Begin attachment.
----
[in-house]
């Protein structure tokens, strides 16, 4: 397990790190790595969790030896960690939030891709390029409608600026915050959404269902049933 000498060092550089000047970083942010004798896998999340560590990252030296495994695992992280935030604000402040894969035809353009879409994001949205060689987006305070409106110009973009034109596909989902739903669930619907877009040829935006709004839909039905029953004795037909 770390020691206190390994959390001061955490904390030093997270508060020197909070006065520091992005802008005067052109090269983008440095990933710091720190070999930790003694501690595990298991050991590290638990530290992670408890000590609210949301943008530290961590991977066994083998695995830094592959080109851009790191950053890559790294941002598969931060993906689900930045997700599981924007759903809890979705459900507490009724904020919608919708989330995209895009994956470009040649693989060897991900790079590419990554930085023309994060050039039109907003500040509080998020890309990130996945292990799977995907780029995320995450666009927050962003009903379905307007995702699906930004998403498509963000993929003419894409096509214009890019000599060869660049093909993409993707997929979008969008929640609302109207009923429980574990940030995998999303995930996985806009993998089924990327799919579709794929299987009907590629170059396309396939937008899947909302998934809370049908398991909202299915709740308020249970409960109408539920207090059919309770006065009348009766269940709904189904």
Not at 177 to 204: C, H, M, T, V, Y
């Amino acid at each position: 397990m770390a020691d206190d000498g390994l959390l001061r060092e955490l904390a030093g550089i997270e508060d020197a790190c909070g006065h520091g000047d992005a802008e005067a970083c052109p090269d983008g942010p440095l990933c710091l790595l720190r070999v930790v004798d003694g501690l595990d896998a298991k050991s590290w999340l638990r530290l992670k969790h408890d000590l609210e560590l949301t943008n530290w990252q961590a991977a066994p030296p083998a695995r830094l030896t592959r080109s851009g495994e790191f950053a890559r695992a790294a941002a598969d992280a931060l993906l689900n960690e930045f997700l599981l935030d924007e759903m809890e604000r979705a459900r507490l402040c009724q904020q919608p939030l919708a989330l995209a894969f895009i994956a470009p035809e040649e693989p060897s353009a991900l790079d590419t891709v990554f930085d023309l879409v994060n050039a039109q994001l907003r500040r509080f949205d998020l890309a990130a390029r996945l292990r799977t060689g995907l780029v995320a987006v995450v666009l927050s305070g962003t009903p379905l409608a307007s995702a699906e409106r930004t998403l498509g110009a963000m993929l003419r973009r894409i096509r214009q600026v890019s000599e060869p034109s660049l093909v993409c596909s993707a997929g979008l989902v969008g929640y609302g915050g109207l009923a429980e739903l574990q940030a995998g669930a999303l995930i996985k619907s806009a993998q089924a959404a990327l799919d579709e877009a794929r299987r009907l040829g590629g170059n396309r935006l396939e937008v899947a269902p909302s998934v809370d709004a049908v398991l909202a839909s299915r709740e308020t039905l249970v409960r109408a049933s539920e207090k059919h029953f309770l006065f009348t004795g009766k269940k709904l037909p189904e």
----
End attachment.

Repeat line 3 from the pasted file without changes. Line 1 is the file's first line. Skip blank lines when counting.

Not at 177 to 204: C, H, M, T, V, Y